Creator to Consumer – Distribution & Logistics
Creator to Consumer – Distribution & Logistics
Season 2 – Episode 9 –
30 years and still learning - Having spent most of my career post leaving the Royal Navy working in consumer goods, primarily in the perishable food sector. I find it fascinating that I still learn every day, sometimes it’s a reminder of what I have forgot but for the most part, I learn something new every day… Today’s episode is about Distribution & Logistics.
Why do I need to know anything about distribution and logistics?
You don’t, but good luck moving product and understanding terminology.
Why is distribution so important in the US?
The continental US, as stated I before, is the roughly the equivalent geographical land mass of the west coast of Ireland to the eastern border of Turkey, which if you think about that from a logistics perspective, its way easier here in the US, at least there are no borders, language or currency hurdles.
What’s the cheapest way to ship product?
International The cheapest route is sea freight, dry goods, no refer needed. If chilled or frozen there is added costs. Always ship FCL’s, LTL quantities, partial loads need to be consolidated with others, causing delays and higher costs. Preferably always ship on 40ft containers not 20 ft, the ration of 40 ft to 20 ft is way higher in cost per unit and can make your product uncompetitive. For speed and shelf life reasons, some products need to be air freighted, such as fish, fresh produce etc. Make sure you cost in the additional costs to your COG’s.
Like International, you are better shipping FTL Loads and not airfreighting unless needed.
LTL are expensive and depending on the temperature of the products shipping you may not be able to find consolidated loads, especially Frozen items. Most prices for LTL loads start at the highest for 1 pallet and move down as multiple quantities increase until you get to FTL costs.
Is there seasonality in trucking?
Yes, the peak season for any consumer goods freight is around the holidays, where the demand is the highest from consumers and therefore the most restrictions on flexible freight lanes. Other factors must be considered throughout the year, there is seasonality due to the produce and raw material peaks, due to harvesting, these peaks very often increase prices as freight capacity is fully utilized. Worth remembering in your annual shipping plan.
Why do I have to pay for a truck waiting?
You do not if you do your planning right, get your delivery appointments and if the trucking gods are in your favor! Basically, the drivers charge for their time, gas and cost of their rig, any time standing around doing nothing is time lost and if they are carrying LTL’s product then their next delivery window might be at risk, another reason to consider FTL’s.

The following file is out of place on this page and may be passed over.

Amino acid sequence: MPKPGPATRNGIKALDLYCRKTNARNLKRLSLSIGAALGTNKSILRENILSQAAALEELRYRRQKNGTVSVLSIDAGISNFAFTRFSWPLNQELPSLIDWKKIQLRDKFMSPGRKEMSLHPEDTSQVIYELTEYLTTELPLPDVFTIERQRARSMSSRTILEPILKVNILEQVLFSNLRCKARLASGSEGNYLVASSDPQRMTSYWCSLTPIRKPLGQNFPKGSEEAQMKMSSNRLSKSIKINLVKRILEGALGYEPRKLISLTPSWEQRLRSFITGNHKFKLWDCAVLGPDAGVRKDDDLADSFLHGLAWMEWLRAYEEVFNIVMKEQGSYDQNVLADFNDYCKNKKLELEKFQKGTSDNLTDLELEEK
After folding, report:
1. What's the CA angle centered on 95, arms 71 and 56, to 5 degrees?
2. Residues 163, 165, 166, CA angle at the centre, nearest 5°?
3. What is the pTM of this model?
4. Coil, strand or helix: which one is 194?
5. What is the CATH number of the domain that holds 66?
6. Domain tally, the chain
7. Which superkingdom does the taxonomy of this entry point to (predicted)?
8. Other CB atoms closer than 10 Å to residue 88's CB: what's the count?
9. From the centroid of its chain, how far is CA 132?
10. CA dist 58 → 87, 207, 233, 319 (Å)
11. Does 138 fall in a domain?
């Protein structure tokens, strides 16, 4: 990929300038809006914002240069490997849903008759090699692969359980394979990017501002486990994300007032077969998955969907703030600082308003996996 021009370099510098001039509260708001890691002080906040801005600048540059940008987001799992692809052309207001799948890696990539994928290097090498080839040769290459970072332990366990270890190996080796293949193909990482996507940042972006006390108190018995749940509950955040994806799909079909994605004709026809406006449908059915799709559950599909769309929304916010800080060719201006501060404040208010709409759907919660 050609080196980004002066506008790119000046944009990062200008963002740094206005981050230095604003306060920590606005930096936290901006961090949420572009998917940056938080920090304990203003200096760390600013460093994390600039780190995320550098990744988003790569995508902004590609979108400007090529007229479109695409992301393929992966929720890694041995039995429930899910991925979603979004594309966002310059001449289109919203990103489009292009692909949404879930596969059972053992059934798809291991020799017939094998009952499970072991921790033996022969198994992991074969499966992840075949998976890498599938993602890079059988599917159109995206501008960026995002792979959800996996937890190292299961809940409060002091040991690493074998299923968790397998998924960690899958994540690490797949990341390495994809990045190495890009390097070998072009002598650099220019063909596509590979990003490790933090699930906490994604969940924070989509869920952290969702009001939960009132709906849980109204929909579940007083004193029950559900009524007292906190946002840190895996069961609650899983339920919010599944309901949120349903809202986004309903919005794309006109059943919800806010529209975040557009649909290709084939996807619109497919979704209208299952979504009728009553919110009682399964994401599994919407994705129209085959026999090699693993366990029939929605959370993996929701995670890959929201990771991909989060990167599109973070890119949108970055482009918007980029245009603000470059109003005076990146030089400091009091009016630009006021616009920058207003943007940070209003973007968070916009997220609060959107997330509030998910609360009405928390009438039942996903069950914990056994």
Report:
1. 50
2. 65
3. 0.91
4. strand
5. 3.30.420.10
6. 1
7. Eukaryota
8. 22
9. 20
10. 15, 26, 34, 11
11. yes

Can I get a fixed rate for my trucking needs?
Yes, if you have the demand and volume to move, unless you are a huge organization with truck/container loads per week, you will probably pay slightly more over time to have a consistent price, as the trucking companies will make more margin in the lower freight periods and less in the peak periods by amortizing their costs over the whole years cycle. But at least you will have a stable cost to factor into you COG’s or COGS.
Do I need my own warehouse?
No, you can outsource all your warehousing and deliveries to a public warehouse company, there are many around and most of them have multiple temperature zones, so will service all your warehousing needs. In addition to you covering your product insurance for the product stored, they will take care of the rest, as if you had your own warehouse, they charge for every little movement or touch of your product, their rate cards are complicated, so the guide is this, use their services, they are a great resource, but consider very carefully every request before you ask them, it will cost.
Do I need to have my own trucks?
No, there are companies out there that will do deliveries, if you pay enough, they will brand their trucks with your brand. If your product needs Field Marketing Support, for localized promoting and deliveries it may be worth investing in small fleet. My guidance is to outsource as much as you can, at least in the early days, to reduce your liabilities.
What’s the best way to ensure I cover my freight costs?
Sell everything on an FOB basis, then if you need to organize freight you can do so and get a quote for each delivery at the time, most larger distributor customers will pick up and it’s in their benefit to pick up, otherwise their trucks are not getting fully utilized, out and in bound.
What is FOB Pricing?
FOB is the acronym for Freight on Board, meaning in loose translation, the price of the goods being picked up with no additional freight or handling costs included in the price. Some customers prefer FOB/Pick-Up pricing to utilize their empty returning trucks to pick up the product. Others prefer a delivered price, especially if they don’t have their own fleet or access to your warehouse location.
Now it’s all clear as mud, need more, please ask.
In our final episode, we will be talking about Sales Matter, thanks for reading and continuing your journey from Creator to Consumer.
Interested in reading or finding out more about selling your passion or our Creator to Consumer series please visit our Chatter page at www.beachcitysales.com/blog and click on Creator to Consumer 1 & 2 or our general site at www.beachcitysales.com, for more direct interaction please e mail us at firstname.lastname@example.org
Remember, whatever you know “good luck keeping up”